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In response to "PTSD study won’t help" (letter, Nov. 27): As a Marine on my second deployment (first to Afghanistan) and one of the subjects of the screening in question, I feel that, without the research, we cannot get that "ounce of prevention."

Here is the issue: Post-traumatic stress disorder is a mental illness and, as such, it should be looked at just like the medical community looks at other mental illnesses, such as depression.

Research has made many advances in the prevention and treatment of depression, bipolar and other mental illnesses. It is this Marine’s opinion that without the research that has already been done in the mental health field, many of the treatments and prevention methods would have gone undiscovered. As a relative of someone with a mental illness, I have seen firsthand what this research has accomplished. It has gone a long way to make the lives of those with these illnesses much better and has helped remove the stigma of having them.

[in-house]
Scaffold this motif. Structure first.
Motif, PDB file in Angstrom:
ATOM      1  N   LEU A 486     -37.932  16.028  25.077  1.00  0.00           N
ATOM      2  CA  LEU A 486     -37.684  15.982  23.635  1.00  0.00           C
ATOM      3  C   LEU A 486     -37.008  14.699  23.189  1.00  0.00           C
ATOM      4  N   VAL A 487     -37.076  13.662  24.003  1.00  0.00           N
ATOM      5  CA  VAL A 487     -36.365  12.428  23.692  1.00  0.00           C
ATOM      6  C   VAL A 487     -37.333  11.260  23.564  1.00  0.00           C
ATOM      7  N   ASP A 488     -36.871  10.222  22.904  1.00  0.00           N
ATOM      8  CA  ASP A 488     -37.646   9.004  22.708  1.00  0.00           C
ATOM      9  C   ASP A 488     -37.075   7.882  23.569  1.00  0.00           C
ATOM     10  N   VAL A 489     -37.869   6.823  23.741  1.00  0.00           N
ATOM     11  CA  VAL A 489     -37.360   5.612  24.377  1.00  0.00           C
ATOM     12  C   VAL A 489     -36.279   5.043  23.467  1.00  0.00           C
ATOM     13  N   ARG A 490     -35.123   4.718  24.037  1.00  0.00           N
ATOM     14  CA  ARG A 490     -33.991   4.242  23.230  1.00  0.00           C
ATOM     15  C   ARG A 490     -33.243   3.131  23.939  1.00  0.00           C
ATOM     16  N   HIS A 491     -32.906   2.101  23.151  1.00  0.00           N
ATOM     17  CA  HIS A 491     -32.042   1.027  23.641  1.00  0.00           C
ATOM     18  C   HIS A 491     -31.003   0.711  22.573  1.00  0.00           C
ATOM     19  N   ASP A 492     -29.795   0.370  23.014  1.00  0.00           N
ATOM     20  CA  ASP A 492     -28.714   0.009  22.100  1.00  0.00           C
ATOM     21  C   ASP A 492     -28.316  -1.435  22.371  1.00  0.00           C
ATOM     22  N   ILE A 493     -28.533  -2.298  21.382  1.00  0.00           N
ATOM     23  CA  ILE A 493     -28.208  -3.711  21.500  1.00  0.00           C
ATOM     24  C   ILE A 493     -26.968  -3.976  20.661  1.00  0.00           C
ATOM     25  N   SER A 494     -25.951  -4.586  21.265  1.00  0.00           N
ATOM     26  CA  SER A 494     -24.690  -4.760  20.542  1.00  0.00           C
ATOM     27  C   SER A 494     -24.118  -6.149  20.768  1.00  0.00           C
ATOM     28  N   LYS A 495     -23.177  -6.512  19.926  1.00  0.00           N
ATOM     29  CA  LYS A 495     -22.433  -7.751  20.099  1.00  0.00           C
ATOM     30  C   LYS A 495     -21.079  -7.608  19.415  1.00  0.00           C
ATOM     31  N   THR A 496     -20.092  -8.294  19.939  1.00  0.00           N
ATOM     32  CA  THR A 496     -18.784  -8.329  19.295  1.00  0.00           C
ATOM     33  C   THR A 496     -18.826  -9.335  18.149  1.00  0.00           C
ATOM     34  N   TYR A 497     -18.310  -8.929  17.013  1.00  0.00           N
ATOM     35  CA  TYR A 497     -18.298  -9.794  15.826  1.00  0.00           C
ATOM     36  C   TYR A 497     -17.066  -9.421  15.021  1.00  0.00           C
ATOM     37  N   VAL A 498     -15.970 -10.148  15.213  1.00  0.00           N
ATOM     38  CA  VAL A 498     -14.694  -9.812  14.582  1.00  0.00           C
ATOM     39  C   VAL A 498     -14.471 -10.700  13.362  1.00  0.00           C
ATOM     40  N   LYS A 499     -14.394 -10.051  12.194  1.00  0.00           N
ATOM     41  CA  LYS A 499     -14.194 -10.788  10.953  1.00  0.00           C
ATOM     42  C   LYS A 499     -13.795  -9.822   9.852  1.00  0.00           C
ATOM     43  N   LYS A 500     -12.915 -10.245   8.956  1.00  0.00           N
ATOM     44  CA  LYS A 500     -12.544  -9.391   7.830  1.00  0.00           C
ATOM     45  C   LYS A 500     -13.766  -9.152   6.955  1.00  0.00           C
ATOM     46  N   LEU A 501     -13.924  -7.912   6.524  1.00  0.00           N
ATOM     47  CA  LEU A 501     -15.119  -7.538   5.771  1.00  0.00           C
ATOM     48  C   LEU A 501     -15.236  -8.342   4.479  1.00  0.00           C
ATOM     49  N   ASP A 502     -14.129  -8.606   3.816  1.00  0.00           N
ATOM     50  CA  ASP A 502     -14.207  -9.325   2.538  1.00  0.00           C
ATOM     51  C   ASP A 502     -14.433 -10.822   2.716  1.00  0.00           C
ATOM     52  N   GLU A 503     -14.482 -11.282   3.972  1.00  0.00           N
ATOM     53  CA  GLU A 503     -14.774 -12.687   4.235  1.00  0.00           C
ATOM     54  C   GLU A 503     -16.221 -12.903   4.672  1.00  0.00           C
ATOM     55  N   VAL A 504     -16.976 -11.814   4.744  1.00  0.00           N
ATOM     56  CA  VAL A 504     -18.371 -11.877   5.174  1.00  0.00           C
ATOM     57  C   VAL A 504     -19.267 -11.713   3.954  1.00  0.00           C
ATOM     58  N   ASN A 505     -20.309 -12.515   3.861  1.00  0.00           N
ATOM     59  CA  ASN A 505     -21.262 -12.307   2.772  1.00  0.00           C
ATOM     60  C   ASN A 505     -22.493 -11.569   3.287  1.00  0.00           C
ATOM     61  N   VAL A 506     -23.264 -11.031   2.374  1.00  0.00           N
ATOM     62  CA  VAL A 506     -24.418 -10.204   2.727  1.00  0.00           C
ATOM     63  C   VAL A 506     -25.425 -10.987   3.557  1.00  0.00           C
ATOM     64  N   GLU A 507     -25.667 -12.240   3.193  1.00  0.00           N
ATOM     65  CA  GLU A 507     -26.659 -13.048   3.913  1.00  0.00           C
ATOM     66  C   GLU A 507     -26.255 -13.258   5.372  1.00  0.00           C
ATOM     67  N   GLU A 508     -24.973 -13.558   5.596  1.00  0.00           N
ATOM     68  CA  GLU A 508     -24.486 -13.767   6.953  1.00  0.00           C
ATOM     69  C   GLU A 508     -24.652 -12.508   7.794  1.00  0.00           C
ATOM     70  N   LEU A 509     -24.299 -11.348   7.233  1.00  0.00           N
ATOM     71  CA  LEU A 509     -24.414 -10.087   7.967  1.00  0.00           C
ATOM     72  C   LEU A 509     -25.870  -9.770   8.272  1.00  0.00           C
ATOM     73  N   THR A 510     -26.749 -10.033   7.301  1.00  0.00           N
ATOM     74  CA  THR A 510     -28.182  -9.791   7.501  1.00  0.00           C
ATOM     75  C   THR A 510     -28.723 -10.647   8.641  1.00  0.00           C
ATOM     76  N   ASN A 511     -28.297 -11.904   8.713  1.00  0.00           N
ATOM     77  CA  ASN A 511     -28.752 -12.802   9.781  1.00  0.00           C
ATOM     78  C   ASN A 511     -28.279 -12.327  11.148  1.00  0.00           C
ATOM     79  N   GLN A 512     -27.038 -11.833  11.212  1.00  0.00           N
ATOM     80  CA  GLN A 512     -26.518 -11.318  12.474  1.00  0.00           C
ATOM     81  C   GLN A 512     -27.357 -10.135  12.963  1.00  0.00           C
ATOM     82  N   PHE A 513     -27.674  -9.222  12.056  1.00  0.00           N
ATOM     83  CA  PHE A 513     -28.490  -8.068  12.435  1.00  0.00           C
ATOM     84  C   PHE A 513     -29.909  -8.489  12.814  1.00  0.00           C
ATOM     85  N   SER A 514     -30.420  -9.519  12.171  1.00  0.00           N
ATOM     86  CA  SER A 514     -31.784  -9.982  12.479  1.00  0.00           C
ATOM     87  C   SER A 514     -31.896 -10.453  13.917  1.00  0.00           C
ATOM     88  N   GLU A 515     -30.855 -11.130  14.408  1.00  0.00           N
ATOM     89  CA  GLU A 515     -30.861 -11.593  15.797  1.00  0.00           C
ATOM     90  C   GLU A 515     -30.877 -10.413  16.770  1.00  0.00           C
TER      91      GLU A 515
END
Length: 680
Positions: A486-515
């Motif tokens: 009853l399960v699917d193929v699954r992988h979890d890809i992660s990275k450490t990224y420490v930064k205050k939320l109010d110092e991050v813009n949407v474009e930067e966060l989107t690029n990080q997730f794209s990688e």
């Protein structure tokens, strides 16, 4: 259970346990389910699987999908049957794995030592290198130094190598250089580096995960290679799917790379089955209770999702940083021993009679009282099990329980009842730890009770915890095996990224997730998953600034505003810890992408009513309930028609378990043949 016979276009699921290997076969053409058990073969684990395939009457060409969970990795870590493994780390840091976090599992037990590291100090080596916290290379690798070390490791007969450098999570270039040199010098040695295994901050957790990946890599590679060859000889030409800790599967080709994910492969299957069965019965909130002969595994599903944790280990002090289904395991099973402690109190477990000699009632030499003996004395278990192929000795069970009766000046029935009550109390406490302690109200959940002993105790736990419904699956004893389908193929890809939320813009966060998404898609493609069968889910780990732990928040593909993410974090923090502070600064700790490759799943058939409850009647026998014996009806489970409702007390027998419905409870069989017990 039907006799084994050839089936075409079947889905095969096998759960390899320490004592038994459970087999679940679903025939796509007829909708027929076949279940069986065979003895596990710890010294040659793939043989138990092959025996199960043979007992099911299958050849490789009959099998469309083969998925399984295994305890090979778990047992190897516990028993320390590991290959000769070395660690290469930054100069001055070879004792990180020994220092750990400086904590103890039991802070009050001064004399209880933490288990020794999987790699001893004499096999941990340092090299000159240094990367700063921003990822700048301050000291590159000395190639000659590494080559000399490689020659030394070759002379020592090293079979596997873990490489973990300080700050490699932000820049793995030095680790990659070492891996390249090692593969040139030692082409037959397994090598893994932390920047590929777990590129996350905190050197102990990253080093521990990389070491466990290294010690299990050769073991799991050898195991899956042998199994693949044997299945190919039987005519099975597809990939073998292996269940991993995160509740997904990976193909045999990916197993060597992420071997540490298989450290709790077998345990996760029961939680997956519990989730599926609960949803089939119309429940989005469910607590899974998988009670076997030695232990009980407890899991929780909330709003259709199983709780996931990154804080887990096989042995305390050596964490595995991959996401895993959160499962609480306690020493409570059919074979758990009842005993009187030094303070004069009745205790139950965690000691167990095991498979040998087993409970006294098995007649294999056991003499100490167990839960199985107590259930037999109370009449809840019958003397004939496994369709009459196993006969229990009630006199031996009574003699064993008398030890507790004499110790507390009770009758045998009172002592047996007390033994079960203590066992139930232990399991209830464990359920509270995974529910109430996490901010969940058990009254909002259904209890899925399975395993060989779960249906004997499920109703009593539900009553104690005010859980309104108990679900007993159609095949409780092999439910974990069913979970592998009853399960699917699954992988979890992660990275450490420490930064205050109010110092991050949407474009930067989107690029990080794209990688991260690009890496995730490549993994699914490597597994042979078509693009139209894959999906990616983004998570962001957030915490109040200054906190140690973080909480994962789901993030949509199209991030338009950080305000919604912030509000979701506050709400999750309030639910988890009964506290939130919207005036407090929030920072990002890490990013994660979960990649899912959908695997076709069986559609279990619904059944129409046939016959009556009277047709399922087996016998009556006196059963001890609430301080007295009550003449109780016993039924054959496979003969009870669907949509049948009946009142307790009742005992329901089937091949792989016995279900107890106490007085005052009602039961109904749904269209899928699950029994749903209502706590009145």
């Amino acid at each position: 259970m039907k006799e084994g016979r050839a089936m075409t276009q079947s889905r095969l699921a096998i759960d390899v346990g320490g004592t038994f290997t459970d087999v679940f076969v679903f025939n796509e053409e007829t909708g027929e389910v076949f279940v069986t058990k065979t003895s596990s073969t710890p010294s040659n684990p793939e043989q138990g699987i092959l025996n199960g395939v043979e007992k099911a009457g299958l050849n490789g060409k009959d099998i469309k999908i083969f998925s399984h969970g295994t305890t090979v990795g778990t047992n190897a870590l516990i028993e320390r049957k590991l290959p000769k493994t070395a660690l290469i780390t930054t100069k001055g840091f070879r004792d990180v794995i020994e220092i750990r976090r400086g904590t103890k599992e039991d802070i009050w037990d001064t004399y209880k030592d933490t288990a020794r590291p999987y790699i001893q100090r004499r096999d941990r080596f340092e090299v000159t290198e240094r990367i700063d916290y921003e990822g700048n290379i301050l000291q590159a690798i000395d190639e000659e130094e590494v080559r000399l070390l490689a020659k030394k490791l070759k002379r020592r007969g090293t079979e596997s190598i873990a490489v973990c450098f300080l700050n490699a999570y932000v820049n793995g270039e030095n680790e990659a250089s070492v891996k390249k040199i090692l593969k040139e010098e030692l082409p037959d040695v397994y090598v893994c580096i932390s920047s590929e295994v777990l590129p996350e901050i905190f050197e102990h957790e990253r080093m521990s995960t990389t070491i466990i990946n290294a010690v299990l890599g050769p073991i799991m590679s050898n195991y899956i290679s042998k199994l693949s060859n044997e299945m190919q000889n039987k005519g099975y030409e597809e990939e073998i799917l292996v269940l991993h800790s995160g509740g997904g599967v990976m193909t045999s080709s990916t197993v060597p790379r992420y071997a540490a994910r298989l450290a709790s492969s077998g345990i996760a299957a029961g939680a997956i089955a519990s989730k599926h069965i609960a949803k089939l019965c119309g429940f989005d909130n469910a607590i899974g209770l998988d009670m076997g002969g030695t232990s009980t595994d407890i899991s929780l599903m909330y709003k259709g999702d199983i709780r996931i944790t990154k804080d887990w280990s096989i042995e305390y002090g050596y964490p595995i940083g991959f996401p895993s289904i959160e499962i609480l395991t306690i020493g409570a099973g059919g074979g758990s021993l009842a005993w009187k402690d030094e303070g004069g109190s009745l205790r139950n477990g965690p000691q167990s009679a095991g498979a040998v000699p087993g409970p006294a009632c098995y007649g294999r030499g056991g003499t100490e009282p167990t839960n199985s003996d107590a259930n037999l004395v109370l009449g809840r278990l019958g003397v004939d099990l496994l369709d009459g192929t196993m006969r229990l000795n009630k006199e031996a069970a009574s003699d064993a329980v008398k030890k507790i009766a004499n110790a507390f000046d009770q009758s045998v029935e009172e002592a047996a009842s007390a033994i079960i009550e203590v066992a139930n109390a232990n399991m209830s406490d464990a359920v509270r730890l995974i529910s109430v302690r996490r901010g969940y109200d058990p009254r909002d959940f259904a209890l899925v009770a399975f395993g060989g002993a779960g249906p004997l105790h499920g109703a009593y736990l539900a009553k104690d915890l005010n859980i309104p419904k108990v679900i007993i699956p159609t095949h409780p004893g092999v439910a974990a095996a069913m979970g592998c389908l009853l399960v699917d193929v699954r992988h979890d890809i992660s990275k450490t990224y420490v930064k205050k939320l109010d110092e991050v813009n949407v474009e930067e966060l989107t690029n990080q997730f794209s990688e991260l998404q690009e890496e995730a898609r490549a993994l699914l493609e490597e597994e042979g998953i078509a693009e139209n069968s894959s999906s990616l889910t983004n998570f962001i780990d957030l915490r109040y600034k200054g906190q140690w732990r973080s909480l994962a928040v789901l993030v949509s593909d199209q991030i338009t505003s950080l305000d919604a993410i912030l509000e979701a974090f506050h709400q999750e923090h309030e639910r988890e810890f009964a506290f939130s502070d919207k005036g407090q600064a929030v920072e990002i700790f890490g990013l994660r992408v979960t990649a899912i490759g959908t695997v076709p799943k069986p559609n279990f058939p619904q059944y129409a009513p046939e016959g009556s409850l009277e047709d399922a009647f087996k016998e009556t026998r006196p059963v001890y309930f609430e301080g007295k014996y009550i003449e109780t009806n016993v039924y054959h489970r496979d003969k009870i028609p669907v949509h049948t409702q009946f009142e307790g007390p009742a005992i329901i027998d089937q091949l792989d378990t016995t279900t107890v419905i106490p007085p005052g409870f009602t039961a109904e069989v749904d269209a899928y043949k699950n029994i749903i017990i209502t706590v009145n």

As with everything in life, knowledge and understanding constitute the best medicine. You cannot treat what you do not know or understand. To use a reference [used by the letter writer], we did not know at first what caused lung cancer and other smoking-related illnesses until the research was done to discover that smoking was, in fact, the root cause.

I truly and wholeheartedly believe we are witnessing a medical breakthrough in the making, not only with PTSD but with other mental illnesses that people suffer from every day.

Cpl. Kristopher HillForward Operating Base Delaram, Afghanistan


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